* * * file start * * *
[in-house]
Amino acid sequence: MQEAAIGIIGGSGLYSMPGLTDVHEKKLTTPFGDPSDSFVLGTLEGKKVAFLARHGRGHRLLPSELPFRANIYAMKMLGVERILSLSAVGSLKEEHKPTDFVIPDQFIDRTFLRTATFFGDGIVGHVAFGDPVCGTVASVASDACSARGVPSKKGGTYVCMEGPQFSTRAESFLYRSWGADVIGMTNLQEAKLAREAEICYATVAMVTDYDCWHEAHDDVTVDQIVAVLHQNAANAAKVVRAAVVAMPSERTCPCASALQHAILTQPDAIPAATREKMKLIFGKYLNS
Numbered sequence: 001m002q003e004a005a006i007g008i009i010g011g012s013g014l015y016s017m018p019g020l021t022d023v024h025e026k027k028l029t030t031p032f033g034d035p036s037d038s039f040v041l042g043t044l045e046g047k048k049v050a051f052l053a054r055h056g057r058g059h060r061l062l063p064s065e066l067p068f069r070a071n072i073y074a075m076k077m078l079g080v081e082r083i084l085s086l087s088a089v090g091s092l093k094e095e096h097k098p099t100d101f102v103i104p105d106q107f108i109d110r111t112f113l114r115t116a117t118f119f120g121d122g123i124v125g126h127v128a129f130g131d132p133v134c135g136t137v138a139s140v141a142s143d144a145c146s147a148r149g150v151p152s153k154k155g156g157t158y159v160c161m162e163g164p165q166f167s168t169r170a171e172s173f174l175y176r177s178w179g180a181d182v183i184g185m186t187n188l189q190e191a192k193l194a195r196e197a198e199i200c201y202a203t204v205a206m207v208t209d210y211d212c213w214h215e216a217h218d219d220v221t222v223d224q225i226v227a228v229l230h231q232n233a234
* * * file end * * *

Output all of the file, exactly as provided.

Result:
[in-house]
Amino acid sequence: MQEAAIGIIGGSGLYSMPGLTDVHEKKLTTPFGDPSDSFVLGTLEGKKVAFLARHGRGHRLLPSELPFRANIYAMKMLGVERILSLSAVGSLKEEHKPTDFVIPDQFIDRTFLRTATFFGDGIVGHVAFGDPVCGTVASVASDACSARGVPSKKGGTYVCMEGPQFSTRAESFLYRSWGADVIGMTNLQEAKLAREAEICYATVAMVTDYDCWHEAHDDVTVDQIVAVLHQNAANAAKVVRAAVVAMPSERTCPCASALQHAILTQPDAIPAATREKMKLIFGKYLNS
Numbered sequence: 001m002q003e004a005a006i007g008i009i010g011g012s013g014l015y016s017m018p019g020l021t022d023v024h025e026k027k028l029t030t031p032f033g034d035p036s037d038s039f040v041l042g043t044l045e046g047k048k049v050a051f052l053a054r055h056g057r058g059h060r061l062l063p064s065e066l067p068f069r070a071n072i073y074a075m076k077m078l079g080v081e082r083i084l085s086l087s088a089v090g091s092l093k094e095e096h097k098p099t100d101f102v103i104p105d106q107f108i109d110r111t112f113l114r115t116a117t118f119f120g121d122g123i124v125g126h127v128a129f130g131d132p133v134c135g136t137v138a139s140v141a142s143d144a145c146s147a148r149g150v151p152s153k154k155g156g157t158y159v160c161m162e163g164p165q166f167s168t169r170a171e172s173f174l175y176r177s178w179g180a181d182v183i184g185m186t187n188l189q190e191a192k193l194a195r196e197a198e199i200c201y202a203t204v205a206m207v208t209d210y211d212c213w214h215e216a217h218d219d220v221t222v223d224q225i226v227a228v229l230h231q232n233a234